The Incident is a story of two youths who hold passengers in the car of a New York subway train hostage late one night. 

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Review: Duane Michals at Stephen Bulger Gallery

Posted By Administration, Friday, October 10, 2014

Duane Michals

An Exhibition 

 

through October 18

 

This exhibition is Duane Michals first at Stephen Bulger Gallery.  Works included were drawn from his nearly 50-year career.  Though Michals describes himself as self-taught, he did have on and off training in the arts as a teenager at the Carnegie Institute in watercolor, and as a young man at Parsons School of Design in graphic design.  His studies were neither formal nor complete, but it is likely they spurred his interest and aptitude in the arts.

 

Michals is known for challenging the photographic media, its construction, means, and nature.  The images on view with Bulger belong to two main groups: portraits or actions accompanied by text, some in sequence, and found-images embellished with oil paint.  Both veins of work let interior qualities out and encourage us to wonder on deeper levels about the image that confronts us.  Many of the text-accompanied images are of famous artists.  We find the subjects at home or in the studio; in either case they are in their element, and we are allowed an intimate view of a perhaps otherwise untouchable art-history icon.  The works are humanizing and honest.  They can be almost uncomfortably revealing; its as if we are able through Michals' frames to enter the subject's soul.  In an image of Willem de Kooning (1985)  we find the artist before his canvas, contemplating his next stroke.  We are positioned watchfully over his shoulder, and can feel the tension and pressure of the creative process at work.  Andy Warhol is a reoccurring figure in this exhibition, and in a vertical triple-portrait Andy Warhol (1972) we again sense the torment that bubbles up in the artist's soul.  The first portrait is solum and straight-on; the two accompanying shots are blurred by motion as Michals snaps the frames while Andy shakes his head from side to side and his visage distorts.  

 

In the latter string of images, the found-frames with oil paint, we find Michals' simple geometric additions to be playful and encouraging of open-ended narratives. The works elevate beyond the portrait and simple shapes may allude to games, desires, struggles, or dreams.  It is the viewer who decides how to apply meaning to a grid, a ladder, a dot-pattern, and so on.  Michals works remind us that viewing is subjective; that the "museum image" need not be "neat;" and that the artist's hand can make the work both approachable and expansive.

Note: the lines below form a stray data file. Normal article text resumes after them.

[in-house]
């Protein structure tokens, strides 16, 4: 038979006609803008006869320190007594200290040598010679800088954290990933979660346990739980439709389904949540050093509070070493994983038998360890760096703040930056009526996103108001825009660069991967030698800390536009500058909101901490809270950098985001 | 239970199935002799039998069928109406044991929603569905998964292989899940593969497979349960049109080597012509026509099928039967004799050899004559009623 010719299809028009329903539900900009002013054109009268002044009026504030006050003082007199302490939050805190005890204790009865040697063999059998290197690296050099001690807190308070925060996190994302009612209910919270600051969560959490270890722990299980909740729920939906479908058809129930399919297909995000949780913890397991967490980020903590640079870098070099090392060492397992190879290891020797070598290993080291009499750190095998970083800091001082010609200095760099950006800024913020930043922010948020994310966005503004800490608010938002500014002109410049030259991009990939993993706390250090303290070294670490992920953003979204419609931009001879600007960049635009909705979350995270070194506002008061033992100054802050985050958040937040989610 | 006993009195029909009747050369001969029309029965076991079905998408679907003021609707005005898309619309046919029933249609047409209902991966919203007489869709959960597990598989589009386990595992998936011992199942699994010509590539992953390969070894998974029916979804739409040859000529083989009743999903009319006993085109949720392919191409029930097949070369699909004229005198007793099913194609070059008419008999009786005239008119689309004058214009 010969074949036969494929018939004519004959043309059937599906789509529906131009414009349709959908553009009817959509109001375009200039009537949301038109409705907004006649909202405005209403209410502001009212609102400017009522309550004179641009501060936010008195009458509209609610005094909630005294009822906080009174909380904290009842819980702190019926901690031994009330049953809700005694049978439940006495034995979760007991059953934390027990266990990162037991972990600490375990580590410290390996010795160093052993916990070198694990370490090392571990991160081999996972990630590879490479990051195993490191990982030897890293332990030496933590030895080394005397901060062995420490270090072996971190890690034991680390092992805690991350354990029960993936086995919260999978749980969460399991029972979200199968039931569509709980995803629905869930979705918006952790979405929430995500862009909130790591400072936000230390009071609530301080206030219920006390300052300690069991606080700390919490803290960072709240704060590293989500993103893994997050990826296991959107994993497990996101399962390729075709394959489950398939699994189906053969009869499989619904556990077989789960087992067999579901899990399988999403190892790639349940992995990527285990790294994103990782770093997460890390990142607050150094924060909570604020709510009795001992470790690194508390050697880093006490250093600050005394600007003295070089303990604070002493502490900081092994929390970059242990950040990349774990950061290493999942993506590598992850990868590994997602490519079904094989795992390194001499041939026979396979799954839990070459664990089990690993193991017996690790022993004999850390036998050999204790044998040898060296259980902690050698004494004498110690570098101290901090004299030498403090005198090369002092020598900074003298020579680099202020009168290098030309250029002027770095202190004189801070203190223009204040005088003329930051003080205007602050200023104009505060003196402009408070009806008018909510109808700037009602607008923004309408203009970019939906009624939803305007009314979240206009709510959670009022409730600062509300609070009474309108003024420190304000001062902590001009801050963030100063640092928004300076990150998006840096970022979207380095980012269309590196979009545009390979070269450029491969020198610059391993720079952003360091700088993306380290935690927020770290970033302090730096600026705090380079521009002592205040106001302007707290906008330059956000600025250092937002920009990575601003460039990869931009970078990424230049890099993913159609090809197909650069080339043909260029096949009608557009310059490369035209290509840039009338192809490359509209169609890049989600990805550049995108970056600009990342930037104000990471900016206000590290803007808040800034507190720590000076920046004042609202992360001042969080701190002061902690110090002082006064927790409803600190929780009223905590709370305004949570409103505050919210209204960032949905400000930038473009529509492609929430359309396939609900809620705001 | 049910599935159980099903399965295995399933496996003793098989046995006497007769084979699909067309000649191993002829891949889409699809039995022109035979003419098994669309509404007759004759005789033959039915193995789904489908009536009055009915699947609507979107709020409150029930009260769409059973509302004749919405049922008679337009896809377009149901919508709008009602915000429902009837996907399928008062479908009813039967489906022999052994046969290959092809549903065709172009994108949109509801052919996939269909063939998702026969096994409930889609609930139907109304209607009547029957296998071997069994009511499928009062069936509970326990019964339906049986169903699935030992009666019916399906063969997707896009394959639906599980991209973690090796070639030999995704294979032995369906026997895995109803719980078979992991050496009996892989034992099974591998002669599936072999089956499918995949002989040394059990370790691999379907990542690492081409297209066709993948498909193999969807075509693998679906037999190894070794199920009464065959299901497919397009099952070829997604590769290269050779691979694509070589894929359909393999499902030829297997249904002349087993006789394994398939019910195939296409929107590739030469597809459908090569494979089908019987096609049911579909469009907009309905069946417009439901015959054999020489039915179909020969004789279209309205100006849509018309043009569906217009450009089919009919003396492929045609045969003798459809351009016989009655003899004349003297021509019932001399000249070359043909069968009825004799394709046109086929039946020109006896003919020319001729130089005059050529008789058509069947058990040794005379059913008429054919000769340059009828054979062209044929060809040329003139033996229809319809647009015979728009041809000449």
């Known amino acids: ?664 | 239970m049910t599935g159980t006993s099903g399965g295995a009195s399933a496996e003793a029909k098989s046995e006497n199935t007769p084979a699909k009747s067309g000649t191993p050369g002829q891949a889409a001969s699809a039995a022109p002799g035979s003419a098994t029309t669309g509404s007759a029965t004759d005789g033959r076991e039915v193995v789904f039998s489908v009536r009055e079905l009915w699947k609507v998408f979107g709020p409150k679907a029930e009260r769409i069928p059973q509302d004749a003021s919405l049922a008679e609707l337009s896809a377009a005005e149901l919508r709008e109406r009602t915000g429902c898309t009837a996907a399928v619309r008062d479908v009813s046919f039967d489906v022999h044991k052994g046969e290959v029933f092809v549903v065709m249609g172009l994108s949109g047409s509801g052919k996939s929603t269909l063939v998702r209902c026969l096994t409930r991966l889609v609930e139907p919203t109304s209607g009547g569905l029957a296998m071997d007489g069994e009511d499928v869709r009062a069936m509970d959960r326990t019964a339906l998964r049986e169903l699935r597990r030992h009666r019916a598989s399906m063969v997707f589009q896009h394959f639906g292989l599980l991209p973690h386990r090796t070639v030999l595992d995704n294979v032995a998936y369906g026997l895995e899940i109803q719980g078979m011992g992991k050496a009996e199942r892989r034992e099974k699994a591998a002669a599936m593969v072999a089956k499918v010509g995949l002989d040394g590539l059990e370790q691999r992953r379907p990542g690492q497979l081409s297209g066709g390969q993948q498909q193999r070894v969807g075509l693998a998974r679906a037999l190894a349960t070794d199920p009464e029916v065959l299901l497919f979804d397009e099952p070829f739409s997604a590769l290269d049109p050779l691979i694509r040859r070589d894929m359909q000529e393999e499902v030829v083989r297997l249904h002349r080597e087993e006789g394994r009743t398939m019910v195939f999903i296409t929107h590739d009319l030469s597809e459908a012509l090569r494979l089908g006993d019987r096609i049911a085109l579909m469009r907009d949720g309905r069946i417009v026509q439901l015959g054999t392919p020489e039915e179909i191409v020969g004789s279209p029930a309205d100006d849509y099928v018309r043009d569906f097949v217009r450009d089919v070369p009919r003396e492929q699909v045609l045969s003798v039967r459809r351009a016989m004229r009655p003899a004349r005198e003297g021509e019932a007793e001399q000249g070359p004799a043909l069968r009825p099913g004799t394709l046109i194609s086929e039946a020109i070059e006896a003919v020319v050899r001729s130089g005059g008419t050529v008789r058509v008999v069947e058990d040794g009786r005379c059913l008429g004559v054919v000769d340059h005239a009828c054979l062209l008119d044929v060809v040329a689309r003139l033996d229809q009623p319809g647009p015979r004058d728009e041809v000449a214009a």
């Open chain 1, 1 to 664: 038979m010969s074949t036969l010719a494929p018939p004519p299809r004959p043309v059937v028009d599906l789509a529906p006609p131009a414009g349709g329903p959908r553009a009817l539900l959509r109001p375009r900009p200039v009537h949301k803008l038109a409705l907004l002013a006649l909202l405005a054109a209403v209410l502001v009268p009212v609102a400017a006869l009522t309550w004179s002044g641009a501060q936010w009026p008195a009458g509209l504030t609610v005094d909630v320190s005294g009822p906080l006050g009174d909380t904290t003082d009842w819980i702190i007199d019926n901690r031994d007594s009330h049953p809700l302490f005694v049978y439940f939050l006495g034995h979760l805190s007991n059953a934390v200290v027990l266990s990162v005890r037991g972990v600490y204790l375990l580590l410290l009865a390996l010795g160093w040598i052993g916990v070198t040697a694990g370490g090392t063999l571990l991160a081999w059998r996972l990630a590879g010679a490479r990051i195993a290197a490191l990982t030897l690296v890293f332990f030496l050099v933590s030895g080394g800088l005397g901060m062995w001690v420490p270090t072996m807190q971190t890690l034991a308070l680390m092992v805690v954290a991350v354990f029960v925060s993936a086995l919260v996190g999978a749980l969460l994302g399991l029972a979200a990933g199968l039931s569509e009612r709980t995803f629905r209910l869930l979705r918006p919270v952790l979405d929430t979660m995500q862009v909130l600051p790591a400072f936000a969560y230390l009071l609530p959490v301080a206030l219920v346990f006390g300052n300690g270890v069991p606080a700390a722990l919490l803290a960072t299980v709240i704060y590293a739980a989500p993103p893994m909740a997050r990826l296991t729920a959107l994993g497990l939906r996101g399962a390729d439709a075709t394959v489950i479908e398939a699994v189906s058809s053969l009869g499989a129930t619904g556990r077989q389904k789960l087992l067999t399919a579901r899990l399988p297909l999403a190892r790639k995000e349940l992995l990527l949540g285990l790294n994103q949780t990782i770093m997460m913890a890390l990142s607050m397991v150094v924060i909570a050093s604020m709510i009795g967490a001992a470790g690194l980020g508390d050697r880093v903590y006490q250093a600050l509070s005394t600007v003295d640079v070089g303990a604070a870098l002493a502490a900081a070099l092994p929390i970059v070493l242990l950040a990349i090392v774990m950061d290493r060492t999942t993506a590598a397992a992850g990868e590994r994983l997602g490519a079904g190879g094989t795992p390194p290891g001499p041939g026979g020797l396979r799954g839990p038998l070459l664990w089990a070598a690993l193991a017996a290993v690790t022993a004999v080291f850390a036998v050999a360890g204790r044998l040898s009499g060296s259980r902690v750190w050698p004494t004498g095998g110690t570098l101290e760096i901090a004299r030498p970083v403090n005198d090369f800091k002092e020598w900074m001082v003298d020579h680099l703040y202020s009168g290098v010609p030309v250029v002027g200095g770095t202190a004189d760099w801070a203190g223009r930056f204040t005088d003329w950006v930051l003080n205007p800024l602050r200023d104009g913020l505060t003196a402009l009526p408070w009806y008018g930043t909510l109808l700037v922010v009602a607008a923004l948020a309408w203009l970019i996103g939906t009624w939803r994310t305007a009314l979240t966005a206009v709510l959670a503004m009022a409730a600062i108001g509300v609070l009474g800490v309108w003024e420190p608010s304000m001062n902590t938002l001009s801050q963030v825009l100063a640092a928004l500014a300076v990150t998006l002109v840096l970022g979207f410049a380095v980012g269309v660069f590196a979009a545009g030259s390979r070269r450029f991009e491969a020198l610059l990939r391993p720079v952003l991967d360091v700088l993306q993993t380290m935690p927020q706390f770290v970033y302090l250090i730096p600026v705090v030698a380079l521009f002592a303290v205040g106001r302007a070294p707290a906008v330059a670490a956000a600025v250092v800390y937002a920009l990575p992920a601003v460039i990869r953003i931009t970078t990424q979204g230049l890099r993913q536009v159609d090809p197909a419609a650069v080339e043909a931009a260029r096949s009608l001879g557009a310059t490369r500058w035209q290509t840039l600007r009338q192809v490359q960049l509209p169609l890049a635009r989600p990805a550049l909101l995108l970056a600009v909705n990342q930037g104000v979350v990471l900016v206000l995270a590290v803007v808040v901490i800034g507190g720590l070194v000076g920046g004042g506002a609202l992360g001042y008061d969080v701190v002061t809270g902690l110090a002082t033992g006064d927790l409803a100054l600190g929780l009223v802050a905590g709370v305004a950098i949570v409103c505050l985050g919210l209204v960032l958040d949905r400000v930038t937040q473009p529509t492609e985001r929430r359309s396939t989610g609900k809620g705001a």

For more information on this exhibition, or to view the works online, please visit Stephen Bulger Gallery.

Tags:  Duane Michals  Stephen Bulger Gallery 

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Artist's Opening Reception: Sarah Anne Johnson at Stephen Bulger Gallery

Posted By Administration, Monday, February 24, 2014

Wonderlust

 

Exhibition Dates:  March 1 - March 29, 2014

 

Artist's Opening Reception:

Saturday, March 1 

2:00 - 5:00 pm

 

Sarah Anne Johnson began this work out of a desire to broach a new more challenging subject.  What started out as a letting-in of the artist to private intimate moments evolved into a project that makes the internal nature of sexual intimacy external.  Even the basics of human engagement are more than meets the eye; sensations, emotions, and feelings bubble under the surface of our skin and in Wonderlust Johnson makes these sentiments visible.  We experience images that depict ecstasy and emotional connection, desire for romance, boredom, self doubt and personal disappointment.  Initial studies began through the photographing friends in their homes during the day, including nudes.  Some couples trusted Johnson to let her in further and share their private interactions, including sexual activity.  With consent, she documented their exchanges and then worked back into the prints at times scratching, painting, collaging, and retouching them.  Each image is both obscured and heightened through the modifications post-production.  The images evolve into more true reflections on human emotional desire, need, longing and fulfillment. 

 

for more information on the exhibition, please visit Stephen Bulger Gallery

 

Image Information:

Sarah Anne Johnson

Puzzle Pieces, 2013

Courtesy of Stephen Bulger Gallery


 


Tags:  Sarah Anne Johnson  Stephen Bulger Gallery